Nike Doesn’t Break Two, KFC Gets Romantic: The Top 5 Ads Of The Week

Young love gets creepy with Movistar, Interflora does some marketing myth-busting, and Polaroid gives us a history lesson in sunglasses.

Nike Doesn’t Break Two, KFC Gets Romantic: The Top 5 Ads Of The Week

Last weekend Nike pulled off the seemingly impossible–no, it didn’t help a marathoner break the two-hour mark–but it did put on an event compelling enough to get people to watch what amounts to a two-hour sneaker commercial.


“Breaking 2” was a live broadcast across social media, where the brand enlisted runners Eliud Kipchoge, Zersenay Tadese, and Lelisa Desisa to attempt to break the two-hour marathon barrier on a closed Formula One track in Italy, wearing its specially engineered Nike Zoom Vaporfly Elite, with carbon-fiber plating for added propulsion. It was like Red Bull Stratos for the running crowd.

Ultimately, the effort fell short of its stopwatch goal–the fastest time was Kipchoge’s at 2:00:25, beating the current world record by two minutes and 32 seconds. But in terms of brand marketing, this was a hit.

According to Brandwatch, Nike had nearly 600,000 mentions on social media, with the hashtag #Breaking2 being used more than 400,000 times, garnering more than 2 trillion impressions. Next up? Well, Adidas may have congratulated the swoosh on its effort, but the German sports giant is working on its own marathon project set for later this year. On your mark, get set, advertise . . . Onward!

Nike “Breaking2”

What: A sports marketing event in which Nike attempted to design a shoe that would help marathoners break the two-hour mark.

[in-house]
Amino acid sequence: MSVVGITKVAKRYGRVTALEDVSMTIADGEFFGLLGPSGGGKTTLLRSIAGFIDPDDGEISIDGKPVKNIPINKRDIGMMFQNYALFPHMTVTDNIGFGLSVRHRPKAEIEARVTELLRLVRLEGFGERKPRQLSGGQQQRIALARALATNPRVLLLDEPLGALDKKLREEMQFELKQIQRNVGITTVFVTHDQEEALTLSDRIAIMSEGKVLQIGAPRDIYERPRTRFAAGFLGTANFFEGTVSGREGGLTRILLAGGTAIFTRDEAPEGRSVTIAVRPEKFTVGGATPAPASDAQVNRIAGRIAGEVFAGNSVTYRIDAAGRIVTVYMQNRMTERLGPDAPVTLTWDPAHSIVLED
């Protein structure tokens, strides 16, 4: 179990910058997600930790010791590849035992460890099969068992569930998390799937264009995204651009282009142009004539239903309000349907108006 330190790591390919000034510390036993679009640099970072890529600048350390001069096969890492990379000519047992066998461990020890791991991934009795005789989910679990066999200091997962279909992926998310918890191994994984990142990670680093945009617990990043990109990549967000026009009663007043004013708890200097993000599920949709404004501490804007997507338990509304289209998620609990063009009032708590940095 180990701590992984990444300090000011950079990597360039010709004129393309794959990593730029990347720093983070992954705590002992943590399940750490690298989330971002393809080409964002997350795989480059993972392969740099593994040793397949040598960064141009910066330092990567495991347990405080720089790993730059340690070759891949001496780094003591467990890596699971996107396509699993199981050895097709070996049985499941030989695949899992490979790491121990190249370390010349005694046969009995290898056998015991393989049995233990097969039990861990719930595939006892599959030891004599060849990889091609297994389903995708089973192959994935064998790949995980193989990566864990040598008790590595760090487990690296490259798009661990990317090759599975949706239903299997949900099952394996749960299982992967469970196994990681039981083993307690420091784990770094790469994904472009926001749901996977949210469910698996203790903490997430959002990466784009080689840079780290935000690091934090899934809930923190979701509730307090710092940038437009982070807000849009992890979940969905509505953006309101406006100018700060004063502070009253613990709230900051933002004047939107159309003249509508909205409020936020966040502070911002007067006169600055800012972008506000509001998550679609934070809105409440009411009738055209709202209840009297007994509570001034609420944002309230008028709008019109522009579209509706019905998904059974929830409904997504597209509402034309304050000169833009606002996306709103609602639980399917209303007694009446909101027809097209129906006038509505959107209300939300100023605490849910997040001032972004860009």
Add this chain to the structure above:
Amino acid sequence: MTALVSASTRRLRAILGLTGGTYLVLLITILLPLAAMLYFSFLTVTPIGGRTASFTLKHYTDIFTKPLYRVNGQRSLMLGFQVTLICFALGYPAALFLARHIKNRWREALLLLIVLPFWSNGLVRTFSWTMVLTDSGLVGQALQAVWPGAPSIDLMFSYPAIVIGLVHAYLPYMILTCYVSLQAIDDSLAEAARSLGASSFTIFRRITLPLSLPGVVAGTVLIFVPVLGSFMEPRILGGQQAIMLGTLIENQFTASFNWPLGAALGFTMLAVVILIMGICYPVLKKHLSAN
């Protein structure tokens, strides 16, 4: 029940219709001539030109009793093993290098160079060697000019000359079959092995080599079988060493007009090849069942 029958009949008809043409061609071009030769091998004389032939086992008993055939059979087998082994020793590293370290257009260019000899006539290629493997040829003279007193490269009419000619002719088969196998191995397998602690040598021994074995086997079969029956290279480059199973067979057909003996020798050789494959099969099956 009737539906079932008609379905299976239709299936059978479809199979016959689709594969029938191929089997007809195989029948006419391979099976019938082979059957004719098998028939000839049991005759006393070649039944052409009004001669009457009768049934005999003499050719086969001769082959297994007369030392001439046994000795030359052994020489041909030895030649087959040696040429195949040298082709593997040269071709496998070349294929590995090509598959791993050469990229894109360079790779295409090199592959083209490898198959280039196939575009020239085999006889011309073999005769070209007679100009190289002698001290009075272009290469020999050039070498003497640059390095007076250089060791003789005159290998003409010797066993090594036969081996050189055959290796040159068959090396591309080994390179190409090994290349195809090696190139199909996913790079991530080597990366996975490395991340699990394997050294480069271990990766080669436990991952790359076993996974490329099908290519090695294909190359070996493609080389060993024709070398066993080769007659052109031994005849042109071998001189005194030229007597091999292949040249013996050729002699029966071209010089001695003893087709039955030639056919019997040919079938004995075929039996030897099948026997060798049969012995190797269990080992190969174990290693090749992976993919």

Who: Nike, Wieden+Kennedy, Dirty Robber


Why We Care: Uh, see the intro above. The TLDR version? Making cool content that people actually want to watch, that also happens to naturally tie back into your brand and product, is always a good idea.

Interflora “The Great Mom Experiment”

What: Just in time for Mother’s Day, an unconventional take on a pretty conventional ad technique.

Who: Interflora, Brandhouse

Why We Care: The ol’ candid camera, add in some emotions, cue the waterworks. It gets used because it works. You’ve seen the Facebook updates. But here the Danish brand takes this concept to its inevitable end, with a perfect spoof of the advertising social experiment.


KFC “Tender Wings of Desire”

What: A 96-page romance novella “written” by Colonel Sanders, and available on Amazon as a free e-book for Mother’s Day. Yes, for real.

Who: KFC, Wieden + Kennedy Portland

Why We Care: The Colonel is apparently not just the jolly old fried chicken genius we all took him to be. Could it be that Colonel Sanders is more like another courtly Colonel than we might be comfortable with? Only your mom will know . . . if she reads it.

Movistar “Love Story”

What: A Mexican telecom ad that’s also a cautionary tale that will make you second-guess who’s on the other end of that text.


Who: Movistar, Y&R Mexico

Why We Care: So creepy, and so effective in communicating an important message. As the tagline says, “150 million fake profiles live on social media. Not everyone is who you think they are.” As advertising goes, this is a pretty good way to illustrate your brand values.

Polaroid Eyewear “The Fishbowl”

What: Forget the instant cameras, this is a fun, short history lesson on how Polaroid first became a household name.

Who: Polaroid Eyewear, Ming Utility And Entertainment Group

Why We Care: It’s tough to think of this brand without only thinking about James Garner and Mariette Hartley . . . or the Instagram logo. Here, the new campaign digs into the company’s roots to promote Polaroid Eyewear (now owned by Italy-based parent company Safilo). Sure, it’s just an ad, but a damn good-looking one thanks to director Nacho Gayan and cinematographer Stephane Fontaine (Jackie, Captain Fantastic). Plus, pretty cool fish trick.

About the author

Jeff Beer is a staff editor at Fast Company, covering advertising, marketing, and brand creativity. He lives in Toronto.